Noah and the Whale
November 14, 2011
I was really hoping it would be awful so I could say you didn’t miss a thing. Or at least that it would be good, but not great so that I could just write up a non-committal indifferent review and we could avoid another arcade fire situation.
And I could quibble. There was quite a bit of seizure inducing strobe lighting, and (even worse) spotlights on the crowd (c’mon man, we prefer to stay under our rocks during the show) for which I think I still have a squint (I blame my blue eyes). And there was a slow spot in the middle of the show, termed the “romantic” portion of the show where I could have fallen asleep on my feet for a song or three. And I did leave before the encore because my back was killing me (although I could hear the crowd cheering for an encore all the way to the parking ramp).
But despite my best efforts at diversion and misdiretion, I just can’t do it. Beyond the unfairness to the band and the essential dishonesty, there’s just one little thing keeping me from being a good friend by making you feel better about missing the show.
The band was GREAT. Frightened Rabbit great. Fanfarlo great.
The band was super tight and lots of fun. Kind of too cool for school in a very 80’s sort of way, but they couldn't help themselves with their enjoyment. This was definitely a case of a band exceeding the (already really good) recorded performances. The arrangements were essentially the same, but the enthusiasm and energy put into the performance, and the very subtle emphasis on certain aspects of the instrumentation made a ton of difference. I particularly dug the violin (which is buried on the records), and the piano ( which was up in the mix on Blue Skies).
Charlie was a great front man, suited up (as was most of the band and even the sound guy) but willing to sweat it up a bit. I was frankly surprised by how appealing he was on stage. He seemed a little stiff and monotone at first, but I suppose that was just a pose (along with multiple other poses he displayed) because as the show progressed he really limbered up vocally and physically (especially once he shed the suitcoat) and danced up a storm. And like the FR show at Varsity, this was a crowd of true believers. Maybe a little on the sparse side (no fears of my claustrophobia to kick in…ok…I’m kidding, it’s really just my aversion to hair tossers and tall dudes who stand right in front of me) but a very enthusiastic crowd who definitely egged on the band with their cheers and applause. I wouldn’t have thought for a second that the Noah and the Whale show would almost get me to dance, sing and clap my hands above my head. But there you have it. (not that I was apt to join the hair dancers over by the 7th street entry entry.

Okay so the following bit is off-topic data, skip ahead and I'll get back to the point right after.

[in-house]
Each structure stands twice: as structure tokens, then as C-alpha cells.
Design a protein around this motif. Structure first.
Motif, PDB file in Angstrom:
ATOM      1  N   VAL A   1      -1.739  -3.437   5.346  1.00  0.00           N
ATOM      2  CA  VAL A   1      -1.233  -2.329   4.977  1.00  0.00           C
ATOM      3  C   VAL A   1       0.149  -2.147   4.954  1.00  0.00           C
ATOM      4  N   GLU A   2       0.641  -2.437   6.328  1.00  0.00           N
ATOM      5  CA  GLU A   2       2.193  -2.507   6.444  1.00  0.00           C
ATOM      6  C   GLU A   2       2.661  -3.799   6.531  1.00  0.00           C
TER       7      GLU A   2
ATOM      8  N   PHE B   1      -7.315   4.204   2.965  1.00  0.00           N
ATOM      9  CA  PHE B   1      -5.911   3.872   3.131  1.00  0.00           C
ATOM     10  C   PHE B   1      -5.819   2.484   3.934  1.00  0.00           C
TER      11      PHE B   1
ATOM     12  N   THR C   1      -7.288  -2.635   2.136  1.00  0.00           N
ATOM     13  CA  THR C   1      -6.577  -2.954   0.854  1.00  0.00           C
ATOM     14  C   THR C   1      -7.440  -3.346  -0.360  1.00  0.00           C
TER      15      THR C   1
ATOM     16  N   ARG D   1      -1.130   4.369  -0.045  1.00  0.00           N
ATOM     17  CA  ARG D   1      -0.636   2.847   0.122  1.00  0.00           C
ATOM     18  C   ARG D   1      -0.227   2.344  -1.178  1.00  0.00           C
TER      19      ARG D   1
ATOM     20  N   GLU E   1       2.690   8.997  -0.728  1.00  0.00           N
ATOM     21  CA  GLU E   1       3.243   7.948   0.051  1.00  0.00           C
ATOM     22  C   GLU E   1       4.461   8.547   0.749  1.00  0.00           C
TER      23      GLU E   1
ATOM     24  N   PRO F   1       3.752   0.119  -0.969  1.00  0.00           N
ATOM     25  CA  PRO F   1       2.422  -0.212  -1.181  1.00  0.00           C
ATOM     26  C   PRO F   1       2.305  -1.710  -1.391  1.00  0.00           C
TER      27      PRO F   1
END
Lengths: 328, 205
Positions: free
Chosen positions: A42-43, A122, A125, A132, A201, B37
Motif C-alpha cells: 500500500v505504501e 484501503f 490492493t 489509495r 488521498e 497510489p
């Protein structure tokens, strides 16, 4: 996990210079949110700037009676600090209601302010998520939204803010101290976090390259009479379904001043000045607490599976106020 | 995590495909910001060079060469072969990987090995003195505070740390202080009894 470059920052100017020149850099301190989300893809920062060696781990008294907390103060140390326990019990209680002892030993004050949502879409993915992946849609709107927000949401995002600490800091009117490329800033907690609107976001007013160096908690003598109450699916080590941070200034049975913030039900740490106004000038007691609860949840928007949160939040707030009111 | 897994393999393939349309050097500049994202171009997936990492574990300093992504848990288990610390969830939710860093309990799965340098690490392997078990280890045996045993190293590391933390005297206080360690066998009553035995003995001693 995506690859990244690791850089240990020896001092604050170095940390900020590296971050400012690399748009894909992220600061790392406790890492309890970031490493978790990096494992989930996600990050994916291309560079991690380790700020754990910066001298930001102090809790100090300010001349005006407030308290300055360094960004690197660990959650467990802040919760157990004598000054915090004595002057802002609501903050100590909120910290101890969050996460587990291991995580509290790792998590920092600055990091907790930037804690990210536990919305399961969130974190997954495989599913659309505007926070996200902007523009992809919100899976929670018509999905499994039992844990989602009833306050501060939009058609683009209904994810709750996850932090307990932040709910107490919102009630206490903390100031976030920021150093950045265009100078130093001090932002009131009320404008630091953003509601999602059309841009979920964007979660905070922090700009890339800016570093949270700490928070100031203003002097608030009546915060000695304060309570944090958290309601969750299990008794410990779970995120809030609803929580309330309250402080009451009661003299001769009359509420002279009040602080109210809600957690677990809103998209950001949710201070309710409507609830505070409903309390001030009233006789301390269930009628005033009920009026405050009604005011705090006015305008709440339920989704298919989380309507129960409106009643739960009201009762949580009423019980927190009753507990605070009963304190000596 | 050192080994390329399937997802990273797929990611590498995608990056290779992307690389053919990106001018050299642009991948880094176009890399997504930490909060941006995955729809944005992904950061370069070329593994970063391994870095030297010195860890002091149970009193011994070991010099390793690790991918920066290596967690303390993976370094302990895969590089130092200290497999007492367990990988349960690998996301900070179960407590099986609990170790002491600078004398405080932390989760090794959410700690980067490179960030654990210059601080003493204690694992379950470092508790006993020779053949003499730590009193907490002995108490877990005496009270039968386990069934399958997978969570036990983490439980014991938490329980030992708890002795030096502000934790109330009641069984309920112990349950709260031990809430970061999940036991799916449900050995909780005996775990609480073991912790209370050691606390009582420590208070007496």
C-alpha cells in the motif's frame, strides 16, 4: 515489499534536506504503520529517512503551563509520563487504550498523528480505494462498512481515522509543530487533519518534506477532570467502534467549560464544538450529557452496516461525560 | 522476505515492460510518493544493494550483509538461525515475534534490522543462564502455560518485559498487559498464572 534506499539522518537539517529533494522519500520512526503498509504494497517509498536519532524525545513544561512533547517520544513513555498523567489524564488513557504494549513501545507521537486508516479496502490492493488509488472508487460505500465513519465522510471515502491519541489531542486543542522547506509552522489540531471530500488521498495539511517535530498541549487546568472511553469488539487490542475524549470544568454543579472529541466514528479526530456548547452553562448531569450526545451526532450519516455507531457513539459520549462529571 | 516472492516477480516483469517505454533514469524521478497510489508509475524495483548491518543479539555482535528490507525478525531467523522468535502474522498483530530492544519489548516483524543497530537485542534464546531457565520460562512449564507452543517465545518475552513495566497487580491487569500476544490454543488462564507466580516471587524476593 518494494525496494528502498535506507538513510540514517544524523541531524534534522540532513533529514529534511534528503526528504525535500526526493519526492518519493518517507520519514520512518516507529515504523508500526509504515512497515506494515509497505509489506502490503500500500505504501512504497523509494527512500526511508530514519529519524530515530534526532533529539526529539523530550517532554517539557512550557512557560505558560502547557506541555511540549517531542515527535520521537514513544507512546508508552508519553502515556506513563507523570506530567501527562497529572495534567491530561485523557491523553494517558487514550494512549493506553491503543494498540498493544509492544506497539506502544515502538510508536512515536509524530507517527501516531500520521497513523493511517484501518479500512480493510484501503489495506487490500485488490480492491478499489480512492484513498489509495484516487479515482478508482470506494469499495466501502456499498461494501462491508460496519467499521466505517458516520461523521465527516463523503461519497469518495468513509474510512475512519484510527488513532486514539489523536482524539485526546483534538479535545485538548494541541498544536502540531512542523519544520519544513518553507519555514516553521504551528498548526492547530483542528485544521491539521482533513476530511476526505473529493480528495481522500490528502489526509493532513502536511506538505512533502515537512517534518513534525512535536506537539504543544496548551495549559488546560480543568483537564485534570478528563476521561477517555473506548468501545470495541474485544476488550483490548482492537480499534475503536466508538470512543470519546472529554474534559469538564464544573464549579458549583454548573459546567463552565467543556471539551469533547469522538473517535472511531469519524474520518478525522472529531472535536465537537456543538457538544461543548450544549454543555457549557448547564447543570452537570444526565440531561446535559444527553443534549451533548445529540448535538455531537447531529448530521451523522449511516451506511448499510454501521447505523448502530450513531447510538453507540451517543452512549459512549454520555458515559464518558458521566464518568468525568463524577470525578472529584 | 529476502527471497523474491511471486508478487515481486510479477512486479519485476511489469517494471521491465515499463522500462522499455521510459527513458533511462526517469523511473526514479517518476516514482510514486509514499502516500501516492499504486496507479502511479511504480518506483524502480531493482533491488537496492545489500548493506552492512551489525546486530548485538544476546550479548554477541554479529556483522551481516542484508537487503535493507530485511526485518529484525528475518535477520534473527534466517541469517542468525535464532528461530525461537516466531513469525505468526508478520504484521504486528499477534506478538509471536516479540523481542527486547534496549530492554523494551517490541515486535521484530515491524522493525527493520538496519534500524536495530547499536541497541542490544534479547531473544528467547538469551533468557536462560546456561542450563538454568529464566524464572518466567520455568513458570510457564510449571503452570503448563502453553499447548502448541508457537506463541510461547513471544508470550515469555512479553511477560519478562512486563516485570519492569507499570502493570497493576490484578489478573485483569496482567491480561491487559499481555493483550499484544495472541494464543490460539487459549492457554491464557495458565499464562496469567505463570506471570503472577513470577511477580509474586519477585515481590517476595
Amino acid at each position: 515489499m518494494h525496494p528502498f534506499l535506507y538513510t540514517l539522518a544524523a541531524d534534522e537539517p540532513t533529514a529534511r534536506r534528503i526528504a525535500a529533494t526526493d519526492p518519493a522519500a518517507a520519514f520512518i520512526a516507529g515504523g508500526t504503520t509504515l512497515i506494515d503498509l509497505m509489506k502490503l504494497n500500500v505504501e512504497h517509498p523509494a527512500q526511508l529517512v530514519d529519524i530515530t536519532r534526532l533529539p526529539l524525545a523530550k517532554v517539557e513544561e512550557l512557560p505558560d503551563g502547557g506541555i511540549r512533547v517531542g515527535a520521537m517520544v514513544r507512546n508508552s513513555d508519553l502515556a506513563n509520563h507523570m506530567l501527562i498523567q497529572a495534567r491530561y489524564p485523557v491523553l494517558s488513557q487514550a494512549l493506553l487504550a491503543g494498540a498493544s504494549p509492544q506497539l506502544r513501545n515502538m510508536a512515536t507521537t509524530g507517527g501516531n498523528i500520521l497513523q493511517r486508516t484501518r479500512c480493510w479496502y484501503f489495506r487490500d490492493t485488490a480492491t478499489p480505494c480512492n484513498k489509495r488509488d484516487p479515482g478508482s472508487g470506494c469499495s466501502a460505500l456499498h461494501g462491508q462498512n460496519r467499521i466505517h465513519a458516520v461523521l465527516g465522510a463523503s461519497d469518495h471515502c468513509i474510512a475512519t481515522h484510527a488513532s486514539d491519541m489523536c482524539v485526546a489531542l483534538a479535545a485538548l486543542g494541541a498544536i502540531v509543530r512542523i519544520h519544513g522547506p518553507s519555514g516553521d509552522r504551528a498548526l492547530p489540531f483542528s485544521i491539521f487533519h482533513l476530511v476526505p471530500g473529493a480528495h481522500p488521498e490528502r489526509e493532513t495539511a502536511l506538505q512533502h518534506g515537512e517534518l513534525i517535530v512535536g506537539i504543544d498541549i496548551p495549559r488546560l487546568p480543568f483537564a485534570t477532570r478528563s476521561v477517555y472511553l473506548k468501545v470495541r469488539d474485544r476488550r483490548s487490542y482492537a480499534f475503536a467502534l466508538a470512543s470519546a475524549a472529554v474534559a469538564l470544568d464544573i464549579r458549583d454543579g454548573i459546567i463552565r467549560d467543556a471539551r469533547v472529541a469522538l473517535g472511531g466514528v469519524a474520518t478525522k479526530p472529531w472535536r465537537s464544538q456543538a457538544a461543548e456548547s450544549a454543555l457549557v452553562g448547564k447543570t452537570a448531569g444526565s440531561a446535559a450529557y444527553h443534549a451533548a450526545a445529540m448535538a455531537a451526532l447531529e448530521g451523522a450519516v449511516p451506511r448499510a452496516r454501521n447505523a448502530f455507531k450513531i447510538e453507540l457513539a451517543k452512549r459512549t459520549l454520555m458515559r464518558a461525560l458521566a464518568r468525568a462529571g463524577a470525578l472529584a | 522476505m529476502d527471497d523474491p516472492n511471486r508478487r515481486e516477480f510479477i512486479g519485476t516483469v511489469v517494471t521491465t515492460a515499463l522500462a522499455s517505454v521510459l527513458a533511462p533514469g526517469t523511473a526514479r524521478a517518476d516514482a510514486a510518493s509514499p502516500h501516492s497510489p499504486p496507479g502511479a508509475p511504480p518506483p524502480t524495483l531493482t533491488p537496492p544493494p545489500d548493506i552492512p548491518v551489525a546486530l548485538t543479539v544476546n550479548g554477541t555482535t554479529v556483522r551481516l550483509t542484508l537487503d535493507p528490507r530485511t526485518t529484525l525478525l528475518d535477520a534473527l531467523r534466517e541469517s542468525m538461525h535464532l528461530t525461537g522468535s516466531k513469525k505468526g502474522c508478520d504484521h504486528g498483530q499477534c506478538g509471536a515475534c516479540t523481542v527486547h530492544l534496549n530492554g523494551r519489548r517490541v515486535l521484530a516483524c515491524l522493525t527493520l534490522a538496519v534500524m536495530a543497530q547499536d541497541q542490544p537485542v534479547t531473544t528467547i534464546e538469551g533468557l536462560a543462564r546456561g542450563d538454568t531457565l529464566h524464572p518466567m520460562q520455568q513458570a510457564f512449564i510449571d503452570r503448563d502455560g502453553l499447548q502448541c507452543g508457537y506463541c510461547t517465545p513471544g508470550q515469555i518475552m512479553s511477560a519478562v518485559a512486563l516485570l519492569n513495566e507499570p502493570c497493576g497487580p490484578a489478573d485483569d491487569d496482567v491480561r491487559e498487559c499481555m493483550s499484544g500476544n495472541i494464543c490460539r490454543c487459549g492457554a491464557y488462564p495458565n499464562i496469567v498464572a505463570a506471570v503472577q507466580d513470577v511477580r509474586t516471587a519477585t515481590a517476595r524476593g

The song selection was excellent. They played Last Night on Earth primarily with just a few (best) nods to Peaceful and Spring. Highlights for me were “Give It All Back” (my favorite from the new one), a surprisingly muscular “5 Years” (no trace of twee in this version), “Rocks and Daggers” (the violin really added texture here), and of course the main set closer, “L.I.F.E.G.O.E.S.O.N.” Perhaps surprisingly though, the highlight of the show for me was a pair from Spring; “Love of an Orchestra” paired with “Blue Skies.” I LITERALLY got goose bumps. Lovely and joyous. Which I guess would pretty much sum up the show for me.
I predict we’ll see them (again and maybe again) before 5 year’s time.
(This review was created in Calibri type face although I’m not sure how much control I have over publishing fonts)